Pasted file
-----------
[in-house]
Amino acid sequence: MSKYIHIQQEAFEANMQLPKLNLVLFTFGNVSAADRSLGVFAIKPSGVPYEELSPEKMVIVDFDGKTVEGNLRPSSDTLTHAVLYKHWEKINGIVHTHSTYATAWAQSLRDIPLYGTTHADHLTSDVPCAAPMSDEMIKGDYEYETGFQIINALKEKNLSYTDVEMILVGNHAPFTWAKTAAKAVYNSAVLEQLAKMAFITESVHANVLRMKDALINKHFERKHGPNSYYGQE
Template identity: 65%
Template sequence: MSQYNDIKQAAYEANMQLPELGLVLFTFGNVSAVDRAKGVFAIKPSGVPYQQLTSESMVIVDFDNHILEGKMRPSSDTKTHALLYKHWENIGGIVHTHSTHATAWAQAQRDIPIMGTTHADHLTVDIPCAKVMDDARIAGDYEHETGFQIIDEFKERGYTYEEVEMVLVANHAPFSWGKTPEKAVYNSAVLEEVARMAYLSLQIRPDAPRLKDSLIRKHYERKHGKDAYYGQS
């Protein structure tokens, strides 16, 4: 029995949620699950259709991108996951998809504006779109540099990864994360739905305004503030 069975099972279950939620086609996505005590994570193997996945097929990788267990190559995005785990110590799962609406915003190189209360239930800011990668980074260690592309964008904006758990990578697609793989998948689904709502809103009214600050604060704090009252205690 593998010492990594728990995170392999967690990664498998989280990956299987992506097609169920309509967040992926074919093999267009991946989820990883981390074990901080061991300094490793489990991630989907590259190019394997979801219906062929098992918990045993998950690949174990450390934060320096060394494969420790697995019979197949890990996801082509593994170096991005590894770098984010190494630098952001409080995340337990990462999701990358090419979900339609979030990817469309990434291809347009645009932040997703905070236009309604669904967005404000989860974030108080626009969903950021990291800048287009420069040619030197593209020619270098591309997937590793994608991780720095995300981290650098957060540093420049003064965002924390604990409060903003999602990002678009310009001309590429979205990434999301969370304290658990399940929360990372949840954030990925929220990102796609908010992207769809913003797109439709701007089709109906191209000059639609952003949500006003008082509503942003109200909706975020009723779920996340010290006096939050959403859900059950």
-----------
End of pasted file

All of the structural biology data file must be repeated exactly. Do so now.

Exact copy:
[in-house]
Amino acid sequence: MSKYIHIQQEAFEANMQLPKLNLVLFTFGNVSAADRSLGVFAIKPSGVPYEELSPEKMVIVDFDGKTVEGNLRPSSDTLTHAVLYKHWEKINGIVHTHSTYATAWAQSLRDIPLYGTTHADHLTSDVPCAAPMSDEMIKGDYEYETGFQIINALKEKNLSYTDVEMILVGNHAPFTWAKTAAKAVYNSAVLEQLAKMAFITESVHANVLRMKDALINKHFERKHGPNSYYGQE
Template identity: 65%
Template sequence: MSQYNDIKQAAYEANMQLPELGLVLFTFGNVSAVDRAKGVFAIKPSGVPYQQLTSESMVIVDFDNHILEGKMRPSSDTKTHALLYKHWENIGGIVHTHSTHATAWAQAQRDIPIMGTTHADHLTVDIPCAKVMDDARIAGDYEHETGFQIIDEFKERGYTYEEVEMVLVANHAPFSWGKTPEKAVYNSAVLEEVARMAYLSLQIRPDAPRLKDSLIRKHYERKHGKDAYYGQS
């Protein structure tokens, strides 16, 4: 029995949620699950259709991108996951998809504006779109540099990864994360739905305004503030 069975099972279950939620086609996505005590994570193997996945097929990788267990190559995005785990110590799962609406915003190189209360239930800011990668980074260690592309964008904006758990990578697609793989998948689904709502809103009214600050604060704090009252205690 593998010492990594728990995170392999967690990664498998989280990956299987992506097609169920309509967040992926074919093999267009991946989820990883981390074990901080061991300094490793489990991630989907590259190019394997979801219906062929098992918990045993998950690949174990450390934060320096060394494969420790697995019979197949890990996801082509593994170096991005590894770098984010190494630098952001409080995340337990990462999701990358090419979900339609979030990817469309990434291809347009645009932040997703905070236009309604669904967005404000989860974030108080626009969903950021990291800048287009420069040619030197593209020619270098591309997937590793994608991780720095995300981290650098957060540093420049003064965002924390604990409060903003999602990002678009310009001309590429979205990434999301969370304290658990399940929360990372949840954030990925929220990102796609908010992207769809913003797109439709701007089709109906191209000059639609952003949500006003008082509503942003109200909706975020009723779920996340010290006096939050959403859900059950």